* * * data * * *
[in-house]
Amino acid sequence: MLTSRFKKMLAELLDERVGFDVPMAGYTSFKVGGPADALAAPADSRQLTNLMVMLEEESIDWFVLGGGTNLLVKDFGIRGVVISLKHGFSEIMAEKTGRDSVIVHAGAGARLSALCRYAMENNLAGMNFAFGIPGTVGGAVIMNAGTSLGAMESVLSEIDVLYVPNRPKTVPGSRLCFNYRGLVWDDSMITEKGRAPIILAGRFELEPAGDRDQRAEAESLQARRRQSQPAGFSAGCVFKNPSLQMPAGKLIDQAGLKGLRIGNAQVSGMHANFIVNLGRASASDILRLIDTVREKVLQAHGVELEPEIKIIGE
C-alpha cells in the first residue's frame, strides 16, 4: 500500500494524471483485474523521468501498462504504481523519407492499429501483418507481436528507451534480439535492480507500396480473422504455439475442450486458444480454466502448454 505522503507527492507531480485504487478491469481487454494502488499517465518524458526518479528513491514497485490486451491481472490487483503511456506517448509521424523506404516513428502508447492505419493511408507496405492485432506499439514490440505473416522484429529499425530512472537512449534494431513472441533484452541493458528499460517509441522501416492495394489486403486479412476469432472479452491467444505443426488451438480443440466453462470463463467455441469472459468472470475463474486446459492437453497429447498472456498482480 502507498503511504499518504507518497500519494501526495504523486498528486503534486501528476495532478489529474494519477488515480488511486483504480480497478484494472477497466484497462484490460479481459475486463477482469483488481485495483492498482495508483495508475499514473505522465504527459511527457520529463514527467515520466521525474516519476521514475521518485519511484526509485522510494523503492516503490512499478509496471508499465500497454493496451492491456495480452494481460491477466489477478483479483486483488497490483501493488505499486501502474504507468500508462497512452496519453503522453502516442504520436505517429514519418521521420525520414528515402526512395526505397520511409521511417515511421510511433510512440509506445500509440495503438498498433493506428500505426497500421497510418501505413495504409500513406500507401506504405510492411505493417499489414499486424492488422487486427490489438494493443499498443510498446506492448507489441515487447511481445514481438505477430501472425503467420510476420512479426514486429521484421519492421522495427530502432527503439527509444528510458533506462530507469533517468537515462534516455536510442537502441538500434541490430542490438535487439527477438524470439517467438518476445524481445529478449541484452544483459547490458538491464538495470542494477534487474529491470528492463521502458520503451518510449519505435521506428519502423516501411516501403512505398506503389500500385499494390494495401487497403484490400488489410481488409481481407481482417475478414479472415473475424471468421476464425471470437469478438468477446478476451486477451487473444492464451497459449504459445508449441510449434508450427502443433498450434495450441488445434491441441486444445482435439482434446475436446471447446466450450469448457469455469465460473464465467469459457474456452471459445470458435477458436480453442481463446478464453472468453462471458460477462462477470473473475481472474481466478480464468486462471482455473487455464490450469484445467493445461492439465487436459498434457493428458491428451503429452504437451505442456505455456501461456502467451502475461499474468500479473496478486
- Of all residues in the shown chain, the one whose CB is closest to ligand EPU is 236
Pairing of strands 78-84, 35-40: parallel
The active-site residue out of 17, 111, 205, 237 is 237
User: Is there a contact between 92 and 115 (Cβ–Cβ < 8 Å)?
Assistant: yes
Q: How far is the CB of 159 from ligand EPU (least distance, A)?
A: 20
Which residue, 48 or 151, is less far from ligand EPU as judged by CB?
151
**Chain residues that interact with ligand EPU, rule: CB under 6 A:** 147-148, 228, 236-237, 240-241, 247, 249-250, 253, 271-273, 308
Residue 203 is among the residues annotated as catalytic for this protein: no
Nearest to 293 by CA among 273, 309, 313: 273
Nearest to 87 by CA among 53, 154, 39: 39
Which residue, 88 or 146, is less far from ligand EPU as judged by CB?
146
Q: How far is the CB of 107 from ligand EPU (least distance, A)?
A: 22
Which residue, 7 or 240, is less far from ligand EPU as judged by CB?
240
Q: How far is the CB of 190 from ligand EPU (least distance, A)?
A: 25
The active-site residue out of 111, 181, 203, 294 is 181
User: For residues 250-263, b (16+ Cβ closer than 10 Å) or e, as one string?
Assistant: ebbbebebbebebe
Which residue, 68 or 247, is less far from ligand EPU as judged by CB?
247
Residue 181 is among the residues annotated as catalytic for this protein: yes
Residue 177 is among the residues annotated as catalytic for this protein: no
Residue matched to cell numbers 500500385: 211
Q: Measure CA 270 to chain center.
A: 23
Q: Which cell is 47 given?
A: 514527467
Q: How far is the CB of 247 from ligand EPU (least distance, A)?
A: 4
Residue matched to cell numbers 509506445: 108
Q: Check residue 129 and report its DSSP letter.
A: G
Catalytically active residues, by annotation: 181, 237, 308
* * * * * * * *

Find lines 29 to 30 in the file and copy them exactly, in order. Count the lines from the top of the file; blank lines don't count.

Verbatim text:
247
Residue 181 is among the residues annotated as catalytic for this protein: yes